Without any EQ, my room has an increased signal from 20-40 Hz, and then dramatically drops between 40-50Hz, before slightly rising back up to ideal flat signal after 60 Hz or so. After the PBK, the Room EQ flattened out the signal rather markedly, to make it appear almost ideal.
When I first listen with the Room EQ, as I mentioned, the bass sounds more refined, and perhaps slightly more precise, but it does seem to detract from some of that more visceral component of the lower frequencies. If I only listen for an hour or less, then I am content with the Room EQ; however, I noticed that if I have a longer listening session for a few hours or more, that I get rather significant ear (listening) fatigue, which has never before been a problem with my system. So I turn the Room EQ off, and listen to the standard subwoofers without any EQ, and the fatigue immediately disappears…so I’ve reverted to listening to the subwoofers without any EQ, and I think that it sounds superior, although it measures worse!
So, that somewhat supports my opinion that audio measurements are an idealized representation of what some people think music should sound like but they are mostly wrong…
August 27, 2023 at 9:40 am #1619TWBModerator
WOW! What a tremendous number of great responses!
June 29, 2023 at 12:18 pm #1532
What does everyone think about using 1 subwoofer vs 2?
June 29, 2023 at 12:57 pm #1533
I’m a big believer in multiple subs. It gets around the “slow” perception and more importantly smooths real world bass response. Two is better than one, and three or four are better yet. I also think there’s an advantage to different Qs in each sub as that further averages room bass response.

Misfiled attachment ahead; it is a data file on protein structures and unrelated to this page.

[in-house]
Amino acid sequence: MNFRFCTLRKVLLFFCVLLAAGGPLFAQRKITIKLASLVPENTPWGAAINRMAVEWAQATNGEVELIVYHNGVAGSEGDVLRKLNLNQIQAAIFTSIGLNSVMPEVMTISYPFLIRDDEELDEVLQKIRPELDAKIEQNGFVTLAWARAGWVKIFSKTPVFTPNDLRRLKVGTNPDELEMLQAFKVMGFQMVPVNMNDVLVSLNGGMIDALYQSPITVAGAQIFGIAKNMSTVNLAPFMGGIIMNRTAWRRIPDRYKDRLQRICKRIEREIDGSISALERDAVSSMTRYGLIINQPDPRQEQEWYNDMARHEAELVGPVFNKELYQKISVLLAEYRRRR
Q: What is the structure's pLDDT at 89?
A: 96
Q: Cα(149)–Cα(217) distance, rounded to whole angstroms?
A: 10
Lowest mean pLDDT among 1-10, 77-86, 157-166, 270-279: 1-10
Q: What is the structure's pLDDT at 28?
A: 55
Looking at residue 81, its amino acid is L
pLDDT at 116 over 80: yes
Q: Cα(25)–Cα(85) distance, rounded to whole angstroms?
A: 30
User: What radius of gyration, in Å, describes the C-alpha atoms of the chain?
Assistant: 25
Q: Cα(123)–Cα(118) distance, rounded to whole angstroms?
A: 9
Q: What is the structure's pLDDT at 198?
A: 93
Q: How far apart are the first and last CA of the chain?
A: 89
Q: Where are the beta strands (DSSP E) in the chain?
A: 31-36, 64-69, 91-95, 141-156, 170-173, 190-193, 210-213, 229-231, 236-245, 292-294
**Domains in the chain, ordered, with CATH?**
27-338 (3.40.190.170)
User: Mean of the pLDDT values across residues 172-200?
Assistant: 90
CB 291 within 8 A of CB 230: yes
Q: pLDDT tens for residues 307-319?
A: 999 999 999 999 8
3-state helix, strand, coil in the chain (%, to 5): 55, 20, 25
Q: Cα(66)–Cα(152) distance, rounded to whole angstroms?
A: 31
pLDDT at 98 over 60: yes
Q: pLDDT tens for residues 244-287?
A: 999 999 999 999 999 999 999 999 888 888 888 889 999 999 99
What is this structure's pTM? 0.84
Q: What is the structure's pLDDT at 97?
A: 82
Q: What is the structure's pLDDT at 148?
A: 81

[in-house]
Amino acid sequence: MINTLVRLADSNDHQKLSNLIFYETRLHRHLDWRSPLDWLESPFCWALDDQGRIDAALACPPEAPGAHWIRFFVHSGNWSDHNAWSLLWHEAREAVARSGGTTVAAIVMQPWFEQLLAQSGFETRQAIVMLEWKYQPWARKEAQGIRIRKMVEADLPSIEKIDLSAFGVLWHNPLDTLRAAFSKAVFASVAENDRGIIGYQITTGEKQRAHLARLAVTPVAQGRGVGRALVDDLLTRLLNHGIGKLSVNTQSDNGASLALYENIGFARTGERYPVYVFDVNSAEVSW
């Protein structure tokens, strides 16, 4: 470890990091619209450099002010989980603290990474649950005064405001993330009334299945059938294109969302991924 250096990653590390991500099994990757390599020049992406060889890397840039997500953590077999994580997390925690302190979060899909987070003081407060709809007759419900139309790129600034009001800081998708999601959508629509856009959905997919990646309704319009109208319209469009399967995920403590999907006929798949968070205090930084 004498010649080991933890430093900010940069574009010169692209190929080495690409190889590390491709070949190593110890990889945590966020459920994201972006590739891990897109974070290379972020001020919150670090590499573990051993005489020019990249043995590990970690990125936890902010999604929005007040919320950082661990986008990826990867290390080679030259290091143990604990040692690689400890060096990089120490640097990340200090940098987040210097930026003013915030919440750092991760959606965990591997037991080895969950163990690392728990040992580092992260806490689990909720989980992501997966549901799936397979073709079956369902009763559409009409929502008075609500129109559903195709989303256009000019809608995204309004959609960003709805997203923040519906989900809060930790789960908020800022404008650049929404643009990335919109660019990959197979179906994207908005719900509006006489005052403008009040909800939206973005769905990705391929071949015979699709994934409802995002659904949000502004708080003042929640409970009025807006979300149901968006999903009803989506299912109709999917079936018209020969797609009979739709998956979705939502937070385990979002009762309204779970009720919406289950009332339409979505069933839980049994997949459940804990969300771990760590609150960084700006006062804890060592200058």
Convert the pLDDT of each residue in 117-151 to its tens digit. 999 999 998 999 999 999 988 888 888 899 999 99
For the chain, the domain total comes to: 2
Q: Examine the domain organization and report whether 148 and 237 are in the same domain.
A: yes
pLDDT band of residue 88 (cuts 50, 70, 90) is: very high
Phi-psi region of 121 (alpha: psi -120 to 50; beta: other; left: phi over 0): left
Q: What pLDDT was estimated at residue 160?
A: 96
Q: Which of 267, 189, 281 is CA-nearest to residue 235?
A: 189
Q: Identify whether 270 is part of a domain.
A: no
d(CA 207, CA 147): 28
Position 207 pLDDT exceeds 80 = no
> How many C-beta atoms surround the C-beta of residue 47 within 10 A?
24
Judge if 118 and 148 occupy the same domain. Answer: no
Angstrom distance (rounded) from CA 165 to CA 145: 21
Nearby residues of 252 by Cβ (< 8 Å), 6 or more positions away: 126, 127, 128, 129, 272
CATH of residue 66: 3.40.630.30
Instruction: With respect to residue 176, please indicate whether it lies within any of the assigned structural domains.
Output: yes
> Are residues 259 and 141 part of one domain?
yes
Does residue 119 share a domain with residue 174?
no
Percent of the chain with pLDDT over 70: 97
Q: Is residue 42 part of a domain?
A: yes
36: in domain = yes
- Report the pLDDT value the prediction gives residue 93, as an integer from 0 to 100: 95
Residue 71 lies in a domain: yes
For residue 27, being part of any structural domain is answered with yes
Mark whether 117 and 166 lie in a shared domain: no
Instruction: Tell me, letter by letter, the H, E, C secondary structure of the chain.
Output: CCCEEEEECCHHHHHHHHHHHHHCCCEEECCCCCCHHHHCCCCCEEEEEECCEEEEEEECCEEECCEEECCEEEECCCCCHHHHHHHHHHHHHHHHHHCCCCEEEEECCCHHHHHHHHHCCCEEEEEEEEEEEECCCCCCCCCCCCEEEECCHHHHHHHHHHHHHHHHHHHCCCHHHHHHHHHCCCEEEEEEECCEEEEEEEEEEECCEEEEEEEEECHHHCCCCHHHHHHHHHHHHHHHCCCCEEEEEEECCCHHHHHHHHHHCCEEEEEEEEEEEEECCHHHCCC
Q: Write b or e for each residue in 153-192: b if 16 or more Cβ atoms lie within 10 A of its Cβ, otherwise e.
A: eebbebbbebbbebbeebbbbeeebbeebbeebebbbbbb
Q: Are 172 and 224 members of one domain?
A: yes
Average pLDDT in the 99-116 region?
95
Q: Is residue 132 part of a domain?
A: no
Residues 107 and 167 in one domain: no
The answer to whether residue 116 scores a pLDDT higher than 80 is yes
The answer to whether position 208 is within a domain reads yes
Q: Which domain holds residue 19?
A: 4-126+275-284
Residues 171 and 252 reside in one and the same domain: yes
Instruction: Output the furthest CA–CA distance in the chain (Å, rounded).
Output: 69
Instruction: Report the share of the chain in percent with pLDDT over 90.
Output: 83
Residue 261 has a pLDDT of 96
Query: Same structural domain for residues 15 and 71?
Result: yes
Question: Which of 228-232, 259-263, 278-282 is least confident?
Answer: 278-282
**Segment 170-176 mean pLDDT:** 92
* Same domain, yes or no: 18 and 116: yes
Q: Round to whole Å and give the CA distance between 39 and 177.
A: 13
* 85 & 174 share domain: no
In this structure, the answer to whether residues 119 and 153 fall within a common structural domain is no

June 27, 2023 at 7:50 pm #1531yoshiParticipant
I have used a single Rel 505 with the original pristine 2 with reasonable phase and integration success.
I updated my panels to the bass focused panels and the backplates to the max extent possible with the physical constraints of the enclosure, including a toroid 1, new bias module, caps and inserted a fixed resistor instead of the tweeter potentiometer. All had a marked improvement in performance, particularly in the bass.
now, I find the Rel sub is a challenge to get a correct phase balance with the new panels. The Rel adds base extension and midrange fullness to the new panels, but with the negative effect of precise imaging and some bass incoherences, likely from phase impacts for a slower driver and rear placement and some bass cancellation or phase effects from the dipole bass in the room.
I have tried to get the best fit in my small room for over a year timeline,
but to no avail . there is always a negative impact on the overall image presentation with the sub on, and some improvement in the bass extension and midrange fullness with the sub on. a real mixed bag, I can’t get the full benefits of both set ups.
I set the Rel crossover quite low, at close to the minimum, which I estimate at 30-35 hz. Any higher setting and the effects muddy the upper bass. It just doesn’t sound as open, or transparent with the sub in the chain.